The last of six British Airways Airbus A380 aircraft has returned to Madrid following routine maintenance. The six aircraft being stored in the Spanish capital have been rotated to Heathrow over the past few months to keep their maintenance up to date in line with schedules.
British Airways has completed a two-month-long cycle of Airbus A380 maintenance. Photo: Getty Images
The COVID-19 pandemic created an interesting situation for many carriers. Vast swathes of the global aircraft fleet were grounded. As such, carriers had to decide what to do with these planes. Aircraft that haven’t been placed into a state of deep, long-term storage need to continue to be maintained following schedules.
All six Madrid based A380s maintained
All six of the British Airways Airbus A380 aircraft resting their wings in Madrid have now undergone maintenance at their London Heathrow home. G-XLEF was the first of the six to fly to Heathrow, departing Madrid on February 23rd. Meanwhile, most recently, G-XLEH departed Madrid last week, returning earlier this morning. The complete list of movements are as follows,
Having undergone maintenance over the weekend, G-XLEH departed London Heathrow Airport at 09:31 this morning. The giant jet climbed to an altitude of 39,000 feet to go back to the Spanish capital, home to the airline’s sister airline, Iberia.
G-XLEH flew back to Madrid’s Barajas Airport this morning. Photo: RadarBox.com
The flight back to Madrid was mainly over water, including a hop across the English Channel and the Bay of Biscay. Following a flight that took one hour and 48 minutes, the jet landed back in Madrid at 12:19. The airline will place it back into storage until it is needed by the airline or requires its next maintenance dose.
What about the other BA Airbus A380s?
British Airways has a total of 12 Airbus A380 aircraft. So where are the six that aren’t in Madrid. They are split across two locations, with half still in Spain. Last week the airline’s CEO revealed that he remains committed to his A380 fleet.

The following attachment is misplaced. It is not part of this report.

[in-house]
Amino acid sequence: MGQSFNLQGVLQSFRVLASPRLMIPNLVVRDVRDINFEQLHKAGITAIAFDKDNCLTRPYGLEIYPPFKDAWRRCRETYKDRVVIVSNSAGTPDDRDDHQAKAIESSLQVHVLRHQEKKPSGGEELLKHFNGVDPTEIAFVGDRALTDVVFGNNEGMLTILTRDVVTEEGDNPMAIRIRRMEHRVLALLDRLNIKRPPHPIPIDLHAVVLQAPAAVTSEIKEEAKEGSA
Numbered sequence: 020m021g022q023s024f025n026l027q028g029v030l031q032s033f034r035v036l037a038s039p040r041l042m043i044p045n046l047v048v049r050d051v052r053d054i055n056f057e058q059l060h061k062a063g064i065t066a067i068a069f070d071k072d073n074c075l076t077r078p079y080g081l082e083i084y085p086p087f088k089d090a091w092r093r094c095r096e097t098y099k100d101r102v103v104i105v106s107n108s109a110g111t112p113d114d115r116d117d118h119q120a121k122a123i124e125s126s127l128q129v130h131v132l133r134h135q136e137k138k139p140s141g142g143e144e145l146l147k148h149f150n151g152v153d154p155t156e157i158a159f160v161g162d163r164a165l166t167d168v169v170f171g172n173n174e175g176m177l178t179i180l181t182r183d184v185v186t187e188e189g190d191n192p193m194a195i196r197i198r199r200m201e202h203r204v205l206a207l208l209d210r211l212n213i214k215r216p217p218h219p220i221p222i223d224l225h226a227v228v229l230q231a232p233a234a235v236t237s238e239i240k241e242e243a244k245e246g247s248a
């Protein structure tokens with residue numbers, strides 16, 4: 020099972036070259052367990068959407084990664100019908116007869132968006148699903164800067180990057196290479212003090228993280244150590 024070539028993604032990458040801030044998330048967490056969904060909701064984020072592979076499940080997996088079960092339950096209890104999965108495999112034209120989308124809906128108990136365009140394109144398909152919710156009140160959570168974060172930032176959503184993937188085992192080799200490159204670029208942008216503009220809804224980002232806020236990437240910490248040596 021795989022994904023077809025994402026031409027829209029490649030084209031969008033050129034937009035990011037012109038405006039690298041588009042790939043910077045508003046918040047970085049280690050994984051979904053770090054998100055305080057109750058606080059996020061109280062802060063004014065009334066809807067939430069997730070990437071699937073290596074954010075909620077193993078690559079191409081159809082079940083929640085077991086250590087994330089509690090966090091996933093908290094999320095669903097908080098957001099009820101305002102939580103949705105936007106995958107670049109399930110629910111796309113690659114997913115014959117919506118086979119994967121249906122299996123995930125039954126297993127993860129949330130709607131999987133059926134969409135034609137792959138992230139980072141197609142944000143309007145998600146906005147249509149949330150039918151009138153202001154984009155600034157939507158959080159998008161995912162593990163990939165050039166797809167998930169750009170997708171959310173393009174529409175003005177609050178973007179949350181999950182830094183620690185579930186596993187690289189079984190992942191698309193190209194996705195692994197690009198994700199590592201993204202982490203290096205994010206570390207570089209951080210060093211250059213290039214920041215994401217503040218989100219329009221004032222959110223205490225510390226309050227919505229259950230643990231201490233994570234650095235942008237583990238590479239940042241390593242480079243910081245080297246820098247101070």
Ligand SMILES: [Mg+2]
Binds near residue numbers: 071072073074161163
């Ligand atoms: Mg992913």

British Airways’ first three Airbus A380s, G-XLEA, XLEB, and XLEC, have been sent to Teruel in Spain. This is a long-term storage facility, also being used to store Lufthansa and Air France A380s. These will likely be the last A380s to return to the British Airways fleet. However, if the British flag carrier does decide to retire any aircraft, these would be the obvious choice as Teruel is equipped to dismantle retired aircraft.
British Airways remains committed to its Airbus A380 fleet. Photo: Getty Images.
The remaining three jets, G-XELD, G-XLEE, and G-XLEJ, have all been ferried out to Doha in Qatar. Here they are resting alongside the Qatar Airways A380 fleet. While BA flies its A380s to Manila for heavy maintenance, it wouldn’t make sense to fly the jets over 3,000 miles for the smaller maintenance tasks currently required. As such, Qatar Airways’ A380 mechanics are likely taking care of the jets. Qatar Airways is one of British Airways’ partner airlines and even owns a share in BA’s parent company.
What do you make of the British Airways Airbus A380 maintenance cycle? Let us know what you think and why in the comments.
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